Wednesday, November 20, 2013
How a Dog Taught Me About a Man
This post was inspired by Buddy: How a Rooster Made Me a Man a memoir by Brian McGrogry. When Brian leaves his bachelor life to move to the suburbs and join his girlfriend and her two young daughters, he had no idea he needed to win over their rooster also. Join From Left to Write on November 21st as we discuss Buddy: How A Rooster Made Me a Man. As a member I received a copy of this book for review purposes.
To understand his side of the story, you must understand that he, in no way, benefited at all from her existence. Of course it's really a chicken and egg story, perhaps if he shared some kindness the love might have flowed back and the benefits would have been easier to recognize. As is, they marched around each other, one yelling, the other gassing, coexisting in a small space of unpleasantness.
He comes to this naturally; as he explains dogs were more of a commodity than family member when he was a child. Trouble remembering to feed the dog? Get rid of it! Dog chewed on your shoe? Get rid of it! Whereas in my family the dog was a cherished third child, always along on family vacations, draped casually on every piece of furniture we owned, forbidden from not one room,
But then, Eleanor did everything possible to arm Jack with dislike. Years ago, when she had only been with us for three months, she ate an entire cake, his birthday cake. We came home from a celebratory evening out to find that she had escaped from the safety of her room, climbed onto the dining room table, removed the glass cake dome (which lay shattered on the floor) and helped herself to every bit of a very rich chocolate cake, not one scrap remained. Two calls to the emergency vet sent Jack to the corner store in search of hydrogen peroxide (on a very cold and snowy January night). The remainder of his birthday was spent inducing vomiting in a very displeased beagle. His displeasure need not be mentioned.
It used to be that she slept at the foot of our bed, occasionally even snuggling deep under the covers. Until we woke in the middle of the night to the most horrible of sounds, a violently ill beagle at our feet, covering the antique embroidered French sheet that I had just bought in London with things we cannot ever speak of again. At about five months pregnant, still reeling daily from the smell of coffee, I was absolutely no help in cleaning the mess, and the mess was voluminous.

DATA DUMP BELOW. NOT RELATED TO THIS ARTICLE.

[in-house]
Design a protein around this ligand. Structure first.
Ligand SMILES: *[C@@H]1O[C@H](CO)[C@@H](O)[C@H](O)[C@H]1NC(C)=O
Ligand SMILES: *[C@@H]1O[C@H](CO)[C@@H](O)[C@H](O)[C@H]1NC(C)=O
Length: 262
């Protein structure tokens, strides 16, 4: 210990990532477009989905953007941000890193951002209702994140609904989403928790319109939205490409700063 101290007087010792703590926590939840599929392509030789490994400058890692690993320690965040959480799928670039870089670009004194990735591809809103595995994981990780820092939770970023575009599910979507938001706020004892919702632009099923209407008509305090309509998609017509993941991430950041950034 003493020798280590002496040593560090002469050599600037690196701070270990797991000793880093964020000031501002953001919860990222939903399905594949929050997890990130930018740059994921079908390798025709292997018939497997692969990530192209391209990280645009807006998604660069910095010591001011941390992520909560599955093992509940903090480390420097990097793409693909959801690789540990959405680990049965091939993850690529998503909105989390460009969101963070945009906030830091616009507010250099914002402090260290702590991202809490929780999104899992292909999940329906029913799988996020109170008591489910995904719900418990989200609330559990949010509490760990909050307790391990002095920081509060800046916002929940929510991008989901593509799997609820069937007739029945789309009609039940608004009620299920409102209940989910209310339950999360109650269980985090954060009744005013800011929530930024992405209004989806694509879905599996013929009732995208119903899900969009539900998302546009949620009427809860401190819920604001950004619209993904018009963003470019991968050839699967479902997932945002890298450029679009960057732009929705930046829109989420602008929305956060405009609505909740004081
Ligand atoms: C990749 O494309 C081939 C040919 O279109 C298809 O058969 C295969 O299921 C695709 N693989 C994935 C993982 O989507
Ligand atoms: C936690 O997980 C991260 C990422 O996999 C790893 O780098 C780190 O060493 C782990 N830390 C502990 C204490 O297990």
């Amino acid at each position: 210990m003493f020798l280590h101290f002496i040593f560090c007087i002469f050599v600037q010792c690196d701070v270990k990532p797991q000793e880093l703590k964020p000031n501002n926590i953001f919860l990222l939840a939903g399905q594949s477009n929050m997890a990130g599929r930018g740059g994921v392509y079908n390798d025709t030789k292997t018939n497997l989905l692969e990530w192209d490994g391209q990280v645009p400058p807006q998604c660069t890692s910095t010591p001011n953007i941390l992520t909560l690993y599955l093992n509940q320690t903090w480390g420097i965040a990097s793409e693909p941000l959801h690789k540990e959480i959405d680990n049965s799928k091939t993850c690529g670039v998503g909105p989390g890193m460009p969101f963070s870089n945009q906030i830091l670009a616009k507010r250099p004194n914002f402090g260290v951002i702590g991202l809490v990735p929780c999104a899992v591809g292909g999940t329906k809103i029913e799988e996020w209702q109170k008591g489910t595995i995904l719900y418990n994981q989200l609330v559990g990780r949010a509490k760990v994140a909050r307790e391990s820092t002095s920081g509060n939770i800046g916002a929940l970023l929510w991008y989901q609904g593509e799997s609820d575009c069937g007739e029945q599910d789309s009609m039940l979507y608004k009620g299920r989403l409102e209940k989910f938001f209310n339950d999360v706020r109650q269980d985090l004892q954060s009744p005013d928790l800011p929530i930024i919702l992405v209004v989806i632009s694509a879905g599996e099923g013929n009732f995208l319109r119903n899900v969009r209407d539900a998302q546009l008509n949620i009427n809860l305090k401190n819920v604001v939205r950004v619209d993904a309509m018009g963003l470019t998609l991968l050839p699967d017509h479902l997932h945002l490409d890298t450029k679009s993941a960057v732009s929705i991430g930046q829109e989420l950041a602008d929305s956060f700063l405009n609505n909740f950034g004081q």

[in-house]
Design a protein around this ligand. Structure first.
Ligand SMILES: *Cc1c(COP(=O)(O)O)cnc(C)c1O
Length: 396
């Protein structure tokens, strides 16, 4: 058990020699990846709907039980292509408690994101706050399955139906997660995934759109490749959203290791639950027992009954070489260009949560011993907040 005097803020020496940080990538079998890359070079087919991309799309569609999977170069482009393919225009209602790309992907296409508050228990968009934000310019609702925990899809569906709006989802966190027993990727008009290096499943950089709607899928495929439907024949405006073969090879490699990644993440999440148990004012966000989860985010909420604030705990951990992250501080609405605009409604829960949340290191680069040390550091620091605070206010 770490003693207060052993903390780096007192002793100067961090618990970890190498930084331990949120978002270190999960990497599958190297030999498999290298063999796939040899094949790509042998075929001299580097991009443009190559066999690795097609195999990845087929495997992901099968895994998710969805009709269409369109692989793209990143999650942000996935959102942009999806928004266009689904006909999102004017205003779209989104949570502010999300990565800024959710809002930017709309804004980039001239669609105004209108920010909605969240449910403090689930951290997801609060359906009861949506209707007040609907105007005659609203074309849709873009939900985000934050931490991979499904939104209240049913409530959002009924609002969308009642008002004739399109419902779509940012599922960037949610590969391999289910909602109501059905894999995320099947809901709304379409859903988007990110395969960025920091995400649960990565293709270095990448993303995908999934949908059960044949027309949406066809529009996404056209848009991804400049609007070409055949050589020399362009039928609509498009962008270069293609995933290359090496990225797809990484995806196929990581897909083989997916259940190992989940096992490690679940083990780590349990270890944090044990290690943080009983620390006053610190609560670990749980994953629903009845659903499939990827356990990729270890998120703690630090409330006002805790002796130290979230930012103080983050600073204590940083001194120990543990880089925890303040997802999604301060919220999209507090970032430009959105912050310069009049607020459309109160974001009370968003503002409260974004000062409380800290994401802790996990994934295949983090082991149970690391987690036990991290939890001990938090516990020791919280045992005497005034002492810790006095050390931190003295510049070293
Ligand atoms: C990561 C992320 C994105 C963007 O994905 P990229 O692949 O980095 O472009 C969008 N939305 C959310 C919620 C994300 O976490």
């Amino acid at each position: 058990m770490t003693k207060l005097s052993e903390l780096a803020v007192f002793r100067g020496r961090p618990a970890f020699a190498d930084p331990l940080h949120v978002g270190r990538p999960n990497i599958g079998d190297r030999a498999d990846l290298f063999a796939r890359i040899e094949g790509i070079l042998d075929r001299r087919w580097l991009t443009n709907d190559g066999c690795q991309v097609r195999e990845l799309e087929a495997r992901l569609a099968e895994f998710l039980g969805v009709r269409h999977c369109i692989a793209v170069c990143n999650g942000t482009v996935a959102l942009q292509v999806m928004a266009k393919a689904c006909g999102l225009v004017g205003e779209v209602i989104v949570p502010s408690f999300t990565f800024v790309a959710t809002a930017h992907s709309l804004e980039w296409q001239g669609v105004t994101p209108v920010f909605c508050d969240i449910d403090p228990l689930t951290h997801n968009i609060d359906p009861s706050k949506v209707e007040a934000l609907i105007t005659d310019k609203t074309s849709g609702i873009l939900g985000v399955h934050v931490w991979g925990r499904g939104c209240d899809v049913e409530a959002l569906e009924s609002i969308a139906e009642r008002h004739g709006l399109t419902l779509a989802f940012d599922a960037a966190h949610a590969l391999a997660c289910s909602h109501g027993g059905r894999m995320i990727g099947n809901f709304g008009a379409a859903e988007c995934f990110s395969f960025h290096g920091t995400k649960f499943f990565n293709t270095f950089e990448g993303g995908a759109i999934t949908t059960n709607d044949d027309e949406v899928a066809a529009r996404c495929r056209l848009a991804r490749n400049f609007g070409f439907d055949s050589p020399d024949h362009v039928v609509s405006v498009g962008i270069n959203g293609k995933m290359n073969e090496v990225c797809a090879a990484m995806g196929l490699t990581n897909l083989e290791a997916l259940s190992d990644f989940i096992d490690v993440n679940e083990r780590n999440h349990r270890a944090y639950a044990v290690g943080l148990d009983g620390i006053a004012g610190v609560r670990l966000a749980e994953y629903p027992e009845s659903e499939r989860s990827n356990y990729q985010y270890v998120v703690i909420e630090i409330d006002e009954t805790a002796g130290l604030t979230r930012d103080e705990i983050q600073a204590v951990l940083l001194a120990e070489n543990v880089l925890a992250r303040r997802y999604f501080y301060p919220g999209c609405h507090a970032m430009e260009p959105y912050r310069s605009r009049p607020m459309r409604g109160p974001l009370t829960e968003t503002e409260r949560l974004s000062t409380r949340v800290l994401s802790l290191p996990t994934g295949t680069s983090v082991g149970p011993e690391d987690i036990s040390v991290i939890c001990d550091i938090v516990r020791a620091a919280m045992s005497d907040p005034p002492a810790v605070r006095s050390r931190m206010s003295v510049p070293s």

Beagles smell everything, they eat everything they smell, and they then vomit about half of what they eat. Eleanor, true to her self in every way, spent her happiest moments wandering the city ingesting everything that crossed her path. My path was then to the emergency vet late into the night, hoping once again that what she had eaten would not kill her, the only permanent damage being when Jack discovered what another round of Eleanor flu had cost.
Of course I should have known. He had no patience for my dog, the one who had been my constant companion for the years leading up to Jack. When he met Shenannigan she was old and blind, forever running into things left out of place, quite frequently Jack being one of those things. He was new in her old world; he took me away from nights at home with my dear old dog, she couldn't have been pleased.
When he agreed to a dog I ran to the nearest shelter, knowing that my window of time was tiny, that in an instant he could take back what he had stumbled over, "yes, let's get a dog". Eleanor moved in the next day. Every year I hoped he would begin to appreciate the the companionship, the friendship, the comfort of having a dog. He appreciated her need to go outside at 11pm, the cost of keeping her healthy and the accommodation made for her aging dog body odor.
When Eleanor died last year Jack was in New York. He did what he does best, he took care of things because his wife and two daughters were far too emotional to function.
"If you must have a dog, as far as dogs go, I suppose she was all right".
All right? She was the best, and she was part of our family.